A new form of antimicrobial resistence has been discovered in Chinese poultry and pigs, which is called a threat to the ‘last line of antibiotics’.
This was reported in a recent article in the scientific medical journal The Lancet Infectious Diseases. Bacteria have been shown to be resistant to the antibiotic colistin.
Direct link between resistance in animals and humans
In the research, a direct link has been established between the usage of the antibiotic in animal husbandry and the resistance found in slaughtered animals, in food and in humans. This resistance, caused by a new mutation dubbed the MCR-1 gene, would also be capable of spreading.
The first sign for colistin resistance was found about four years ago at a pig farm near Shanghai. When the resistance in the lab proved to be transferrable, further trials were carried out to samples of slaughter pigs from four provinces as well as of pork and poultry meat from tens of supermarkets as well as wet markets. In addition, samples were taken from diseased people in hospitals.
Worries about the resistance
A large share of the animals (about 20%) as well as the meat (about 15%) turned out to carry resistant bacteria. The researchers predominantly worry about the resistance, as bacteria can exchange this amongst each other, but also in between species. The resistance was found in E. coli bacteria. Transfer of this resistance proved possible to e.g. Klebsiella pneumoniae or Pseudomonas aeruginosa (in humans both cause respiratory disease).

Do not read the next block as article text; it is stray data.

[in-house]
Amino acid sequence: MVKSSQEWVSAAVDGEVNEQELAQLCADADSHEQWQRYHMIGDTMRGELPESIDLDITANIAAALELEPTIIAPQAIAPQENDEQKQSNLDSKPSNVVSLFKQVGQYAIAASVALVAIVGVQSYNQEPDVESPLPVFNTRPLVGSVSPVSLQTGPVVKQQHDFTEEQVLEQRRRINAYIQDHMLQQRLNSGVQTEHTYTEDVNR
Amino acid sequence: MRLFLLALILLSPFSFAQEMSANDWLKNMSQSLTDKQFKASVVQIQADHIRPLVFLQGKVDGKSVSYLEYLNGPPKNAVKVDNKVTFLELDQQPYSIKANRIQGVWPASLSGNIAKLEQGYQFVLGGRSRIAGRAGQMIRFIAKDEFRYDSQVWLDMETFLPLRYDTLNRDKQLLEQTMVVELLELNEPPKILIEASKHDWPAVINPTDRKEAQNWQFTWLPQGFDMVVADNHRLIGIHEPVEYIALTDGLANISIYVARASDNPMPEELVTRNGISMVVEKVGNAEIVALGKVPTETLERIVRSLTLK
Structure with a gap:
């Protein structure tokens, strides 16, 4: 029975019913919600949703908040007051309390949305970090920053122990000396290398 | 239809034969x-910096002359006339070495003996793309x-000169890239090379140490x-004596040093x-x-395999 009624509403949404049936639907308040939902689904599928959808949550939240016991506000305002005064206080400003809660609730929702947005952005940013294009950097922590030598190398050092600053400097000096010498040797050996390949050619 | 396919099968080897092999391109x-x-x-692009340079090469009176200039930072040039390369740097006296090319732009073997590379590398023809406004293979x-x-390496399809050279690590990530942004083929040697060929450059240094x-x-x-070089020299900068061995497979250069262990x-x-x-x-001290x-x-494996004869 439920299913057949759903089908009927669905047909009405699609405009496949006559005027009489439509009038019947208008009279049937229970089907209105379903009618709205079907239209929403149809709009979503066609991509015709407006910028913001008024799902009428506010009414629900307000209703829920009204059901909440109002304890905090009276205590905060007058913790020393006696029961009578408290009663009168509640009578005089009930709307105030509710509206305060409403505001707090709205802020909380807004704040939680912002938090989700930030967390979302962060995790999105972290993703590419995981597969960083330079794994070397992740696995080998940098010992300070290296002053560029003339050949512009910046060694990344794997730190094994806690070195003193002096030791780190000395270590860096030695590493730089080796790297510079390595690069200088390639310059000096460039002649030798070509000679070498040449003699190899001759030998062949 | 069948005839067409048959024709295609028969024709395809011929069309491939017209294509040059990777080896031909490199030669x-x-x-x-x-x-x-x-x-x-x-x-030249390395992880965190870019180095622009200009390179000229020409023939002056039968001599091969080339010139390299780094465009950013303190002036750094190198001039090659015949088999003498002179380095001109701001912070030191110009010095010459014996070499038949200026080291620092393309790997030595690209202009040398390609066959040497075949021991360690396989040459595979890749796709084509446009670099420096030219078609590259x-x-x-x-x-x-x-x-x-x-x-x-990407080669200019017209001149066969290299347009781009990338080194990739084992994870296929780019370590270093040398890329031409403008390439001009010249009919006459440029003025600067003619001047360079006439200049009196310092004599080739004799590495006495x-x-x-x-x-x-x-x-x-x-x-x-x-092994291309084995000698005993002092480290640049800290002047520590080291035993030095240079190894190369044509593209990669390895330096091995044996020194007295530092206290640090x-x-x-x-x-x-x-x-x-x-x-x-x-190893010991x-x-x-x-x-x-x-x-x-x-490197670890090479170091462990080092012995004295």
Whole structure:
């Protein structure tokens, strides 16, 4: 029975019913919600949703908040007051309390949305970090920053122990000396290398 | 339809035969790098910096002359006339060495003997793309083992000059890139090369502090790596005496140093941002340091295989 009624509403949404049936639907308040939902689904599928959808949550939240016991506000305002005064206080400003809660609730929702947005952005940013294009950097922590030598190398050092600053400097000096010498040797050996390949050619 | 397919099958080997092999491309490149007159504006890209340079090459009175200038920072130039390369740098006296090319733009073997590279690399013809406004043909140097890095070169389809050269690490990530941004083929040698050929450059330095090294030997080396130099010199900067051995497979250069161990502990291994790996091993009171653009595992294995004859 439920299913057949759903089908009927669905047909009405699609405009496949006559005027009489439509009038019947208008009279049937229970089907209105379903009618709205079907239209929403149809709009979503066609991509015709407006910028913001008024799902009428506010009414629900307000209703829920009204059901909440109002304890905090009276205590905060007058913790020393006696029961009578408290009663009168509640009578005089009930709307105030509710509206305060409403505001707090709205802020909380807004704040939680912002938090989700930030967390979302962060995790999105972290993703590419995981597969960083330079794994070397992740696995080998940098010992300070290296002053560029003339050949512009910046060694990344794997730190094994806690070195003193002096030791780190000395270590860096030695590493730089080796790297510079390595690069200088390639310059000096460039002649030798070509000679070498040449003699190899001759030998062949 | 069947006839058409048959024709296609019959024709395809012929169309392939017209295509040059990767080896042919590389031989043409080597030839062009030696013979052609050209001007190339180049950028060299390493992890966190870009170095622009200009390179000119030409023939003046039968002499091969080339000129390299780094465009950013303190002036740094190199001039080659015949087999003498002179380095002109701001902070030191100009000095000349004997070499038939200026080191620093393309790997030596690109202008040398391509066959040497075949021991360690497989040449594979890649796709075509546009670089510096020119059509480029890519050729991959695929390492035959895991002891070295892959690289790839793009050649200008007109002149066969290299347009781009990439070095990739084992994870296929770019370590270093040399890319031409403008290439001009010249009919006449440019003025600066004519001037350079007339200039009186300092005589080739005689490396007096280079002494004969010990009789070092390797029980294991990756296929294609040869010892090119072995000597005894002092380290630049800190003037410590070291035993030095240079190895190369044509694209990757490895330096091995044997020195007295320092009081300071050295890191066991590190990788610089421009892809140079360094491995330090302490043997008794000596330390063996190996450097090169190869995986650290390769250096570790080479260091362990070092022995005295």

Since the resistance was found in humans in relatively few cases – when compared to animals, that is – it looks probable that this type of resistance originated in animals and was transferred to humans, explained the Prof Jianzhong Shen, one of the authors of the research and attached to the Beijing Advanced Innovation Center for Food Nutrition and Animal Health at the China Agricultural University. He says colistin is being used quite a lot in animal husbandry. Worldwide, The Lancet estimates agriculture purchases around 12,000 tonnes of colistin per year.
Reactions to the research
As a result of the research, the Chinese ministery of agriculture has decided to better monitor the usage of the antibiotic colistin. There is also evidence that the resistance might have spread to Laos and Malaysia, according to the BBC.
Prof Mark Wilcox, from Leeds Teaching Hospitals NHS Trust, told the BBC: "The transfer rate of this resistance gene is ridiculously high, that doesn't look good."
As a result of the study, in the Netherlands, control for colistin resistance shall be increased, Prof Dr Dik Mevius of the Central Veterinary Institute told agricultural newspaper Boerderij Vandaag.
Not the first report of colistin resistance
It is not the first report of resistance of bacteria against colistin. In earlier reports, this was discovered in India. In the report of the European Centre for Disease Prevention and Control (ECDC), however, this was not noted.